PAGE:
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24 September 2001

Transcript: Bush, O'Neill, Powell on Freezing Terrorist Assets

(Foreign banks must cooperate or face freezes themselves, says Bush)
(4130)
President Bush has signed an executive order that immediately freezes
U.S. financial assets of, and prohibits U.S. transactions with, 27
different entities tied to terrorism.
In a press briefing held at the White House September 24, Bush said
that many of the groups in question operate primarily outside the
United States and their U.S. assets are not large, but the United
States would work with governments around the world to encourage them
to take similar actions in freezing the assets of those involved in
terrorism.
The president said that if foreign financial institutions fail to help
the United States in stopping the flow of funds to terrorists, they
too might find access to their assets in the United States blocked.
"We have developed the international financial equivalent of law
enforcement's most wanted list, and it puts the financial world on
notice," Bush said. "If you do business with terrorists, if you
support or sponsor them, you will not do business with the United
States of America."
"I want to assure the world that we will exercise this power
responsibly," the president said. "But make no mistake about it, we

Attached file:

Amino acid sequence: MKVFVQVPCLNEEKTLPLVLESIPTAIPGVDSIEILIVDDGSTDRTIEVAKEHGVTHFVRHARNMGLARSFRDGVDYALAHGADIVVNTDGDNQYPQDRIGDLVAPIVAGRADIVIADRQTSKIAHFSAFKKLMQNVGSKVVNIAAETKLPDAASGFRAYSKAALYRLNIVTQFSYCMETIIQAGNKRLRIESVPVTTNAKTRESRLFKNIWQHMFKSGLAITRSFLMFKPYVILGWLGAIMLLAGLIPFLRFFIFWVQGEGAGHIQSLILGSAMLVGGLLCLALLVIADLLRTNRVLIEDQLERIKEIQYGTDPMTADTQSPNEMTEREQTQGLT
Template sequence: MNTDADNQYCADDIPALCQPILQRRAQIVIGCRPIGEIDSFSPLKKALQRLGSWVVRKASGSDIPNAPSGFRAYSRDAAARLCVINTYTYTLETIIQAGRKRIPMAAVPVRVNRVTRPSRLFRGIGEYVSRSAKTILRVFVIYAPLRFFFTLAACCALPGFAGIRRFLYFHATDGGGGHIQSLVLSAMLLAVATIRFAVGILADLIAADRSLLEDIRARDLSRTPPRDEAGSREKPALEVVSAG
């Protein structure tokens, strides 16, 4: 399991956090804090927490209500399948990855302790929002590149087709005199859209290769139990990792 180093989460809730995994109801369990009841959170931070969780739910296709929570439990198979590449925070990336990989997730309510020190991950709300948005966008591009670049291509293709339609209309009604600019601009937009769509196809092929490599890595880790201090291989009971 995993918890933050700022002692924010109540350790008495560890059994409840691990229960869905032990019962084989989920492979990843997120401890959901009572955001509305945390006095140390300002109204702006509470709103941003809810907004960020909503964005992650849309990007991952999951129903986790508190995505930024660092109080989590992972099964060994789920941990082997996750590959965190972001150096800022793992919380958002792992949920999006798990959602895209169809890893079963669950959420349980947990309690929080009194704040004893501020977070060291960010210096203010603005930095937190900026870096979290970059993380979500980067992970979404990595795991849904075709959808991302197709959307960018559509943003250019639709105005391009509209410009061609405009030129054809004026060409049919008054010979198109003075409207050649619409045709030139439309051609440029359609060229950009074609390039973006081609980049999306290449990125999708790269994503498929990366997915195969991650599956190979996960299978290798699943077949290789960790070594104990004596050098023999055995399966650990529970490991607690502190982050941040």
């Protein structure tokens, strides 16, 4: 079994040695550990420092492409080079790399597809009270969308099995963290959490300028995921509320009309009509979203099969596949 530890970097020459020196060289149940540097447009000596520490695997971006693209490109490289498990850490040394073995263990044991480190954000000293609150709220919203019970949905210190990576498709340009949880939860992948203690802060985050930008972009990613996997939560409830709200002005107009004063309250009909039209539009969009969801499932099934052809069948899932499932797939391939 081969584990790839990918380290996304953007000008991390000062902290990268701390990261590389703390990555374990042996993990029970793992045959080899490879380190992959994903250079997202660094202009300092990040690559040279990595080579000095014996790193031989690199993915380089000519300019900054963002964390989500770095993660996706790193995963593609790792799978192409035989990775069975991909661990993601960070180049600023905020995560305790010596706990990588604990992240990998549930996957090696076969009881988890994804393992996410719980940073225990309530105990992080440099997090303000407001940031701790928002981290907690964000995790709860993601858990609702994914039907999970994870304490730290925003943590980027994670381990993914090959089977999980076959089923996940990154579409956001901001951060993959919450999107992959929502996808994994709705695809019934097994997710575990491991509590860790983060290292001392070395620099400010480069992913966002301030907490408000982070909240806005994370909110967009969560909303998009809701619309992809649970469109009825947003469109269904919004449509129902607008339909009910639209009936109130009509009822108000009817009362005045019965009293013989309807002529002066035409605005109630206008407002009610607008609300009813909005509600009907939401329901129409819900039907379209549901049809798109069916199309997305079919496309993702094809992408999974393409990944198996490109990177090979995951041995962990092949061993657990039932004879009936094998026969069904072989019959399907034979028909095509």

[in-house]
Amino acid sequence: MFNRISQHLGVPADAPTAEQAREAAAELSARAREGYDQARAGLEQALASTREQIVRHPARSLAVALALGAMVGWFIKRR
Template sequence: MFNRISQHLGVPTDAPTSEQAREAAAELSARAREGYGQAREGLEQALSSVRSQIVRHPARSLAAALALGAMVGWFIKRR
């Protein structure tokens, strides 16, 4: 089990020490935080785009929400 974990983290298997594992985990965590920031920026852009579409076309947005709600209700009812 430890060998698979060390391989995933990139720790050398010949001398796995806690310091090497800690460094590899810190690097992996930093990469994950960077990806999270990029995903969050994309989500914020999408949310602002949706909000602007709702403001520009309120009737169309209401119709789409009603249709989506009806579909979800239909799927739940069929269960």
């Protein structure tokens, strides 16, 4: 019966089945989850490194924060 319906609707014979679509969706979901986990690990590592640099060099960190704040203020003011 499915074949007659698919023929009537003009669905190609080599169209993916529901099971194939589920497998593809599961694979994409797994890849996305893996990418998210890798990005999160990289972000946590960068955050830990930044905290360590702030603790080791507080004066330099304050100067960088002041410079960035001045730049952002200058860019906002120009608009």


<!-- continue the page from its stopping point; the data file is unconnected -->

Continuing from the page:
intend to, and we will, disrupt terrorist networks."
Bush said the 27 entities include terrorist organizations, individual
terrorist leaders, a corporation that serves as a front for terrorism,
and several nonprofit organizations. He said that this list is just
the beginning and that other groups and individuals will be added as
more information is gathered.
The president said that his intention is to "starve the terrorists of
funding, turn them against each other, rout them out of their safe
hiding places, and bring them to justice."
Also participating in the briefing were Secretary of the Treasury Paul
O'Neill and Secretary of State Colin Powell.
Following is the transcript:
(begin transcript
THE WHITE HOUSE
Office of the Press Secretary
September 24, 2001
Remarks by the President, Secretary of the Treasury O'Neill and
Secretary of State Powell on Executive Order
THE PRESIDENT: Good morning. At 12:01 a.m. this morning, a major
thrust of our war on terrorism began with the stroke of a pen. Today,
we have launched a strike on the financial foundation of the global
terror network.
Make no mistake about it, I've asked our military to be ready for a
reason. But the American people must understand this war on terrorism
will be fought on a variety of fronts, in different ways. The front
lines will look different from the wars of the past.
So I told the American people we will direct every resource at our
command to win the war against terrorists: every means of diplomacy,
every tool of intelligence, every instrument of law enforcement, every
financial influence. We will starve the terrorists of funding, turn
them against each other, rout them out of their safe hiding places and
bring them to justice.
I've signed an executive order that immediately freezes United States
financial assets of and prohibits United States transactions with 27
different entities. They include terrorist organizations, individual
terrorist leaders, a corporation that serves as a front for terrorism,
and several nonprofit organizations.
Just to show you how insidious these terrorists are, they oftentimes